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    Ears Germany: Jazzahead 2014

    Written by Jeff Levenson

    As music gatherings go, Bremen Germany's Jazzahead is proving itself the international conference for all things jazz. It is an annual confab that spotlights the music and mechanics of the industry, attracting artists, labels, programmers, agents and media; in total, it represents the guts and infrastructure of the genre.

    Jazzahead's steady growth owes much to the demise of the International Association of Jazz Education. The sudden and unexpected end of IAJE - the fat lady sang in Toronto in 2008 - signaled a serious blow to the business, which was already wobbly from outdated sales practices and a slow-footed approach to new technologies. No one, it seemed, knew how to modernize. 

    Jazzahead began showing what it could do, actuated by Euro gatekeepers possessing an egalitarian approach to jazz - that is, the all of jazz, with myriad sub-genres worth celebrating, without any of the parochialism or condescension often heard in American diatribes. That alone made for a refreshing change. Coupled with Europe's prevailing view that jazz's professionals are part of an ecosystem reliant on cooperation and interdependence, we saw a galvanizing new expo in progress.

    This year's Jazzahead was the biggest of its nine-year history. It attracted nearly 3000 industry participants and 16,000 paid visitors, while presenting 100-plus showcase performances.

    Among the visitors was JAZZ.FM91 station head Ross Porter, who travelled to Jazzahead for the first time. He and I served as jurors, auditioning bands for a select number of those showcases in the Overseas category; other guest judges handled submissions from territories within Europe, including Denmark, this year's partner country.

    Of the bands I heard - no, it's not possible to take everything in - two Canadians stood out:  Christine Jensen and Marianne Trudel. Jensen, whose big band was at turns punchy and poignant, is emerging as a leader and writer deserving much wider recognition. I assume her appearance at Jazzahead will help with that. And Trudel, whose pianistic landscapes evince unbridled enthusiasm and wrenching melancholy, lingered with me even after I returned to New York.

    Listeners of JAZZ.FM91 will get the chance to hear many of these artists for themselves. A 13-week series highlighting the music of Jazzahead '14 is planned for the summer. It will be a cost-effective way to experience the conference, though it doesn't include the killer sausages and beer you'll find if you cross the pond on your own.

    Though Jazzahead's schedule did not include an “official” performance by pianist Fred Hersch, he opened the conference with an unusual performance at the city's Sendesaal, a decades-old radio hall saved from the wrecking ball by Jazzahead director, Peter Schulze. Hersch played a two-hour set in complete darkness. (I kept waiting for my eyes to adjust; they never did.) The room offered nothing but blackness and the sound of Fred. Remarkably, time flew. Compelled to approach the act of listening differently, I sensed that each note suddenly had a shape and dimension not easily accessed in ordinary settings. The experience had everything to do with the redistribution of the senses and it felt profound.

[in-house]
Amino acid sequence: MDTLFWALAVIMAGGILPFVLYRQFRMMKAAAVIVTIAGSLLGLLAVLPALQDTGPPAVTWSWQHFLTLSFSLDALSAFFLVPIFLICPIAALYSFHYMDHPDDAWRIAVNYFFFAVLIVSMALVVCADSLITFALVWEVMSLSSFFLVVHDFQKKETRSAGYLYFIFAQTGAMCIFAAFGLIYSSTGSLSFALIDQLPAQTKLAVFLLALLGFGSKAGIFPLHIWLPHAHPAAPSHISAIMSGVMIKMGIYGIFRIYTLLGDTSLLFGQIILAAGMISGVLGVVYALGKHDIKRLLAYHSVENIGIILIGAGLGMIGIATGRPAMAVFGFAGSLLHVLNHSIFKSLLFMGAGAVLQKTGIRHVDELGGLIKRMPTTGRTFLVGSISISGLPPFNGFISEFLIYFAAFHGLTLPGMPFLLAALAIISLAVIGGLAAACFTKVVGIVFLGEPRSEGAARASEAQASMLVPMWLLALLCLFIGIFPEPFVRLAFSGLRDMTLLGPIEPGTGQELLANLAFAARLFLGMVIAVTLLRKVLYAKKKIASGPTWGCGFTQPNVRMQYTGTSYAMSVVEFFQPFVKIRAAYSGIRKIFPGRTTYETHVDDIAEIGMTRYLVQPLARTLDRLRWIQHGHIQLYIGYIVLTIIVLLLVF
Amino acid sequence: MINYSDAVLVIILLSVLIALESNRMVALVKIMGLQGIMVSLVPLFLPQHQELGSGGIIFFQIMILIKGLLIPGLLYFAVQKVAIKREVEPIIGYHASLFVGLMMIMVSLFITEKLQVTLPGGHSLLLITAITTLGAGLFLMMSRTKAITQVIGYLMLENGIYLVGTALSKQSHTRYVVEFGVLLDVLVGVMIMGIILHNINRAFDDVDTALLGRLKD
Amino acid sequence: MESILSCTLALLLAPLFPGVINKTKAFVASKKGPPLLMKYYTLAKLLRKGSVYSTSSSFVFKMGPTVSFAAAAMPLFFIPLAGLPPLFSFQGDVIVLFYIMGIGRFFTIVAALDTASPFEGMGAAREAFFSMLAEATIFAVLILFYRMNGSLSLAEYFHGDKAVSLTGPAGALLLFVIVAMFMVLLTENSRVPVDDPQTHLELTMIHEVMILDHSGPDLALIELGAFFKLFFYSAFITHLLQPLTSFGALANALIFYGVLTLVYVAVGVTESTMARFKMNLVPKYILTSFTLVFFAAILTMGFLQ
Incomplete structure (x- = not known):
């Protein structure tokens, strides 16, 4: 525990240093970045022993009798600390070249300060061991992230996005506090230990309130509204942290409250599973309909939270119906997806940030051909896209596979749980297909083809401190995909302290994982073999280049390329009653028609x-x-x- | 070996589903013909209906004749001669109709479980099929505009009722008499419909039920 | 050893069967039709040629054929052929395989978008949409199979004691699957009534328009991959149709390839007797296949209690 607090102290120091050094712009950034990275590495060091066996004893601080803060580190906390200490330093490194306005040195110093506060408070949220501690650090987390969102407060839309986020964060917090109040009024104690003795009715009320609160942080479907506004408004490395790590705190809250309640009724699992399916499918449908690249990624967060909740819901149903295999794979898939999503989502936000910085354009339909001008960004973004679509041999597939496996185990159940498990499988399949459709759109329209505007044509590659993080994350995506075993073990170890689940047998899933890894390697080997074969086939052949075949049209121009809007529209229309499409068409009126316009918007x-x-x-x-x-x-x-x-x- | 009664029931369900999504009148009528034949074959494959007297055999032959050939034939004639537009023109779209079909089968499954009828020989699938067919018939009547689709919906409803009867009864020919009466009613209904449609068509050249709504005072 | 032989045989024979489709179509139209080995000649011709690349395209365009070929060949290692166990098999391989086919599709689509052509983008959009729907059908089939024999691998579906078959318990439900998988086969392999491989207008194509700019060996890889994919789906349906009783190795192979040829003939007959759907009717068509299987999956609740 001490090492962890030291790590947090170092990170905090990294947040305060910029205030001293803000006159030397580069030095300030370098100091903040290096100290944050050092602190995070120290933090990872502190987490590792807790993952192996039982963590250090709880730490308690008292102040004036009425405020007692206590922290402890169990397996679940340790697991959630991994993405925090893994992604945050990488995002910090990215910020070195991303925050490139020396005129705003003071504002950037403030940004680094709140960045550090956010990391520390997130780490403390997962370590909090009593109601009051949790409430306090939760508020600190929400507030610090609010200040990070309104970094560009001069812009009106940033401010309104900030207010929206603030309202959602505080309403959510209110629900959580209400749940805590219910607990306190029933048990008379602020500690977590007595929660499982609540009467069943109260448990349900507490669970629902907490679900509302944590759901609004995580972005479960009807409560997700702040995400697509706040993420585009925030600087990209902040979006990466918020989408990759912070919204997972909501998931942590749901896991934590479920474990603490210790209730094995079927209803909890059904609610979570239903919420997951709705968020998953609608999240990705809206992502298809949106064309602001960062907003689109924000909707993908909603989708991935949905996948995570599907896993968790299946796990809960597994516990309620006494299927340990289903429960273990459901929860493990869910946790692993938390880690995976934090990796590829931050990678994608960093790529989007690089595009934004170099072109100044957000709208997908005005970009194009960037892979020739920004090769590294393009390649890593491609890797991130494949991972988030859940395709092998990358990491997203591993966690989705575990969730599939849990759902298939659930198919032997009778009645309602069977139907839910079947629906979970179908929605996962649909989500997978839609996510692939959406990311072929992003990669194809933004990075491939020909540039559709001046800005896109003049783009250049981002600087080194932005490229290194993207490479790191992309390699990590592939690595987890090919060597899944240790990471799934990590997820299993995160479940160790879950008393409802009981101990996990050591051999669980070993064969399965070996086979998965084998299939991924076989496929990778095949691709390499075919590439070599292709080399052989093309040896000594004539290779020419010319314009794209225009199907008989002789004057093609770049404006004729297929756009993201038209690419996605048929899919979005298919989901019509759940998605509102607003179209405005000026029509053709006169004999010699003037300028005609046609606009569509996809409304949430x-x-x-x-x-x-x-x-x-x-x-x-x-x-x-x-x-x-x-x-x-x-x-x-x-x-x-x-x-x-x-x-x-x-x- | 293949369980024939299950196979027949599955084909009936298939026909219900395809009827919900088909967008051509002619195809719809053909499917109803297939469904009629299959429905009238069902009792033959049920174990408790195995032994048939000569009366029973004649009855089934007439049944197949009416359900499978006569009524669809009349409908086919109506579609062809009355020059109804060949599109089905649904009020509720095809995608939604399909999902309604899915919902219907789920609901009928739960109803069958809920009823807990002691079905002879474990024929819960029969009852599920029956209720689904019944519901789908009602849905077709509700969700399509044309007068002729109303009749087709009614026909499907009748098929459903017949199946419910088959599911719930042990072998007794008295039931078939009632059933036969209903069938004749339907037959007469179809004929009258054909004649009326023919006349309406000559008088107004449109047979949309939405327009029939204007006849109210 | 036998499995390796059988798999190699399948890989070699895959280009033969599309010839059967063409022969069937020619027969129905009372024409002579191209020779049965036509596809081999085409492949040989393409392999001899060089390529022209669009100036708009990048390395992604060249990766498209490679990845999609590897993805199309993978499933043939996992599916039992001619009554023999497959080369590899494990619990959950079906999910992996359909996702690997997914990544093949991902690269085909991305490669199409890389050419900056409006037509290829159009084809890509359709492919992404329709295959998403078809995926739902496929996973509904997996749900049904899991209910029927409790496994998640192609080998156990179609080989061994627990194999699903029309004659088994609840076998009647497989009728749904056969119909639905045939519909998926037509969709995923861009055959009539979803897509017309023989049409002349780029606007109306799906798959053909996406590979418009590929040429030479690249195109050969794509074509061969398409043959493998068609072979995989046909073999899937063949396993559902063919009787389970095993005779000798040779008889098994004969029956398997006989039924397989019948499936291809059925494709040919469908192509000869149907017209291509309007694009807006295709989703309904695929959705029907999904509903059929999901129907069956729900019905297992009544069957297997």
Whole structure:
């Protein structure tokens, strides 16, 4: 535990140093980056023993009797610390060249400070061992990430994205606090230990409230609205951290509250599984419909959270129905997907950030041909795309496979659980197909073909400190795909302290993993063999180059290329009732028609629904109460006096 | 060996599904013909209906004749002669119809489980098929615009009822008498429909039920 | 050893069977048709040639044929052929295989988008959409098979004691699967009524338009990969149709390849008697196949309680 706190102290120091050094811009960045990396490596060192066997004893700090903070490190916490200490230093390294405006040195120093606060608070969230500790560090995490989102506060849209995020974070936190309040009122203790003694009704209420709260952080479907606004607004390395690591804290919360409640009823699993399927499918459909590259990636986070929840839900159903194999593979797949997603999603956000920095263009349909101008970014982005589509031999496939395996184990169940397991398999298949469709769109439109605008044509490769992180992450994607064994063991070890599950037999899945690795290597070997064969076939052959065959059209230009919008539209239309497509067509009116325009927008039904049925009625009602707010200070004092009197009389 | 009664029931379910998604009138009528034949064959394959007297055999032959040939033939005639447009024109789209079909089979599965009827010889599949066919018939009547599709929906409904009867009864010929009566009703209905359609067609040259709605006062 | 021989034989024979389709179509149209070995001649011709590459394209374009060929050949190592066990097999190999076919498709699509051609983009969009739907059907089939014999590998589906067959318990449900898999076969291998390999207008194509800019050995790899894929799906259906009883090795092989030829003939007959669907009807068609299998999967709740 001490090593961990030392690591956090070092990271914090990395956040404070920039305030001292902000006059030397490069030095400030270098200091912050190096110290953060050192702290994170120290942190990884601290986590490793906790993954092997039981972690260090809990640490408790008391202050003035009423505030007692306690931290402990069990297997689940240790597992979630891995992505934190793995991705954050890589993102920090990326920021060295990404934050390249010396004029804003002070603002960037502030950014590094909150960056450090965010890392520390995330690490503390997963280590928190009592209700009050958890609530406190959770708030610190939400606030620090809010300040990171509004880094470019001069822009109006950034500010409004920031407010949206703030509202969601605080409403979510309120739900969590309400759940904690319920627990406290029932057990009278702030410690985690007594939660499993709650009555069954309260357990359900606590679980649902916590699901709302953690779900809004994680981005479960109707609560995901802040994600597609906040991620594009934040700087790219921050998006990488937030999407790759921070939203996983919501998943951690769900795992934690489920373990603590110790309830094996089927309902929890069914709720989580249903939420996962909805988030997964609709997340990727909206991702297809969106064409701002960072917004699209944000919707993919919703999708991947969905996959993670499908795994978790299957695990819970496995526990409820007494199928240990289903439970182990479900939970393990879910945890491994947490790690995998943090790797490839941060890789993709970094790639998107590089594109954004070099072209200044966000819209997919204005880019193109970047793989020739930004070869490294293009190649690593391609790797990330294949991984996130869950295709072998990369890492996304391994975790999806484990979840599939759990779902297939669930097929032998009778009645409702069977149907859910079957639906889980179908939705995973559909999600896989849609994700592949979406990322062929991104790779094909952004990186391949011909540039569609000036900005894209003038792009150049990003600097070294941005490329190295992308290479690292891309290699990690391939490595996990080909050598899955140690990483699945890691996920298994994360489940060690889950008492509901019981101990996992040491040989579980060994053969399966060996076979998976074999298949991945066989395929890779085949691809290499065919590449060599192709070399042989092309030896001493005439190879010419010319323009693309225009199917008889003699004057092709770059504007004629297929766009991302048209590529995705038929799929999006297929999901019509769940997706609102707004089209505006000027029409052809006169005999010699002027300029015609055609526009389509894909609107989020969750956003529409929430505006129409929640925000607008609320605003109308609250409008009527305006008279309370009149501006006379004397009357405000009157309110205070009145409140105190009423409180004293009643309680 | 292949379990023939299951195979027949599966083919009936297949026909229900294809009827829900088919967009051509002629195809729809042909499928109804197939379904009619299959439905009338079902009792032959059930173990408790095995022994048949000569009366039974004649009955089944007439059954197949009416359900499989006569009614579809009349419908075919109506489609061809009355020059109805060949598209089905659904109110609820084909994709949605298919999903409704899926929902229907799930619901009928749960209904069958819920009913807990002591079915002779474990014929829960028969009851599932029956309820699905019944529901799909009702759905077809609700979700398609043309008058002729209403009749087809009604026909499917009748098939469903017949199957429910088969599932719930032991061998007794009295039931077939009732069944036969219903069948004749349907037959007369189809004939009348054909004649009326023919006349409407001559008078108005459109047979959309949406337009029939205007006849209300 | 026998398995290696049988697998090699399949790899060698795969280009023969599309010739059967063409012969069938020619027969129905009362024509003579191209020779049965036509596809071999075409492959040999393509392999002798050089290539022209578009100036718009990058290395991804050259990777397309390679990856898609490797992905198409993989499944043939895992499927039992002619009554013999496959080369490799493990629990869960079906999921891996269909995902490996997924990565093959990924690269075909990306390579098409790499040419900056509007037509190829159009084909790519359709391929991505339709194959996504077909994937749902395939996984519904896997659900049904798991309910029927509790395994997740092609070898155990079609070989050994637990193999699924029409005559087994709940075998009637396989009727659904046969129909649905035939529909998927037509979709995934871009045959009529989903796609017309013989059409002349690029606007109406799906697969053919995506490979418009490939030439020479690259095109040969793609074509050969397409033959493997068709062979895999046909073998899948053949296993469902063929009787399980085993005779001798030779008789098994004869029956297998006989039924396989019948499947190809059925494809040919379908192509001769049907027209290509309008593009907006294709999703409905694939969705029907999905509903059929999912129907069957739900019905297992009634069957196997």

Given the success of the evening, expect other innovative presentations from the folks at Jazzahead. Next year's schedule might already be in the works. Stay tuned.



    Jeff Levenson is a label executive, writer-producer, consultant and jazz columnist. His affiliations include posts at Half Note, Sony, Warner Bros, Downbeat, Billboard and the Blue Note jazz club in New York. He currently produces the annual Thelonious Monk Instrumental Competition in Washington DC, and has authored and/or produced events for the NEA, the US State Department, the White House, the New School for Social Research and the Songwriter’s Hall of Fame. His credits include collaborations with McCoy Tyner, Michael Brecker, Herbie Hancock, Branford Marsalis, Bela Fleck, Arturo Sandoval, Randy Brecker, Kenny Werner, Lee Konitz, Savion Glover, Esperanza Spalding and Bill Frisell. He has produced and/or supervised 9 Grammy albums - 2 winners, 10 nominees. He is a member of the Blue Note management team, consulting on club programming and international development. He currently chairs the National Jazz Committee for the National Academy of Recording Arts and Sciences, serves as Board Governor for its New York Chapter, and enjoys the company of jazz musicians.






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